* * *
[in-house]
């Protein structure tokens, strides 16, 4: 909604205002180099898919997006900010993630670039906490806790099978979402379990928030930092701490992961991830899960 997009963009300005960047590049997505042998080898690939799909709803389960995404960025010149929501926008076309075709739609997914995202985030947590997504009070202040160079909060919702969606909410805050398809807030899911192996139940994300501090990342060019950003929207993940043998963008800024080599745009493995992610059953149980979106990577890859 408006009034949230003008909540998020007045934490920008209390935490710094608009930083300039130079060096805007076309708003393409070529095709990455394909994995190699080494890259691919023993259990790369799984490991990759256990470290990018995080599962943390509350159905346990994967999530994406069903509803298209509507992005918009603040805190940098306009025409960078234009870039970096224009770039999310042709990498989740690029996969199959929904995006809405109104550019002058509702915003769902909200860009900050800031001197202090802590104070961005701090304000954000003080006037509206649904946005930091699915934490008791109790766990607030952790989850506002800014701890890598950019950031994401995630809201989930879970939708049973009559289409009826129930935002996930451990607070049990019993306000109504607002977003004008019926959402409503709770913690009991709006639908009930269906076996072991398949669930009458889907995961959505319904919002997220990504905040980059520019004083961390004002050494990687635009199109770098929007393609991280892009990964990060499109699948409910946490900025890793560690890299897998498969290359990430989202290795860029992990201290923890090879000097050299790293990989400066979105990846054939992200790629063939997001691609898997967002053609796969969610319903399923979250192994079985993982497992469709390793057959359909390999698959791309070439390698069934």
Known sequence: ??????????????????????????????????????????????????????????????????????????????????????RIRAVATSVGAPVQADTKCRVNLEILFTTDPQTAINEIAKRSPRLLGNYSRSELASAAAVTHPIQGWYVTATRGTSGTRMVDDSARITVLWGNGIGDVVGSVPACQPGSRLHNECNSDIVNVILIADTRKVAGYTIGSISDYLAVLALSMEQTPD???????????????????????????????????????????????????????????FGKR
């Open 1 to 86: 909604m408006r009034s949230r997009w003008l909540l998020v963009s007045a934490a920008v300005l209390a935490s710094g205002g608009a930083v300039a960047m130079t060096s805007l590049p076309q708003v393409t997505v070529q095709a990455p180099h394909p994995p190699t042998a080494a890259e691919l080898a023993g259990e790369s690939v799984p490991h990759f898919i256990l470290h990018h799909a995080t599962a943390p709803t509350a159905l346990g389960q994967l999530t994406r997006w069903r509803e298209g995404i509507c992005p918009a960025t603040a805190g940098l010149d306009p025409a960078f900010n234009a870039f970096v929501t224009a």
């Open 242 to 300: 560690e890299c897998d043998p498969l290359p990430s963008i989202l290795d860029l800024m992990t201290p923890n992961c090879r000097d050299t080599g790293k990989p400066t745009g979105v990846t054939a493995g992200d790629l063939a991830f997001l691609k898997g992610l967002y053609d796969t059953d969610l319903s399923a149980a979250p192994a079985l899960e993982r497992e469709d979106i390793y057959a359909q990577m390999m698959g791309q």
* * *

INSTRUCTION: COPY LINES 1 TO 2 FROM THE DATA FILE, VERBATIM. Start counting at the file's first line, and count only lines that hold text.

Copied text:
[in-house]
């Protein structure tokens, strides 16, 4: 909604205002180099898919997006900010993630670039906490806790099978979402379990928030930092701490992961991830899960 997009963009300005960047590049997505042998080898690939799909709803389960995404960025010149929501926008076309075709739609997914995202985030947590997504009070202040160079909060919702969606909410805050398809807030899911192996139940994300501090990342060019950003929207993940043998963008800024080599745009493995992610059953149980979106990577890859 408006009034949230003008909540998020007045934490920008209390935490710094608009930083300039130079060096805007076309708003393409070529095709990455394909994995190699080494890259691919023993259990790369799984490991990759256990470290990018995080599962943390509350159905346990994967999530994406069903509803298209509507992005918009603040805190940098306009025409960078234009870039970096224009770039999310042709990498989740690029996969199959929904995006809405109104550019002058509702915003769902909200860009900050800031001197202090802590104070961005701090304000954000003080006037509206649904946005930091699915934490008791109790766990607030952790989850506002800014701890890598950019950031994401995630809201989930879970939708049973009559289409009826129930935002996930451990607070049990019993306000109504607002977003004008019926959402409503709770913690009991709006639908009930269906076996072991398949669930009458889907995961959505319904919002997220990504905040980059520019004083961390004002050494990687635009199109770098929007393609991280892009990964990060499109699948409910946490900025890793560690890299897998498969290359990430989202290795860029992990201290923890090879000097050299790293990989400066979105990846054939992200790629063939997001691609898997967002053609796969969610319903399923979250192994079985993982497992469709390793057959359909390999698959791309070439390698069934």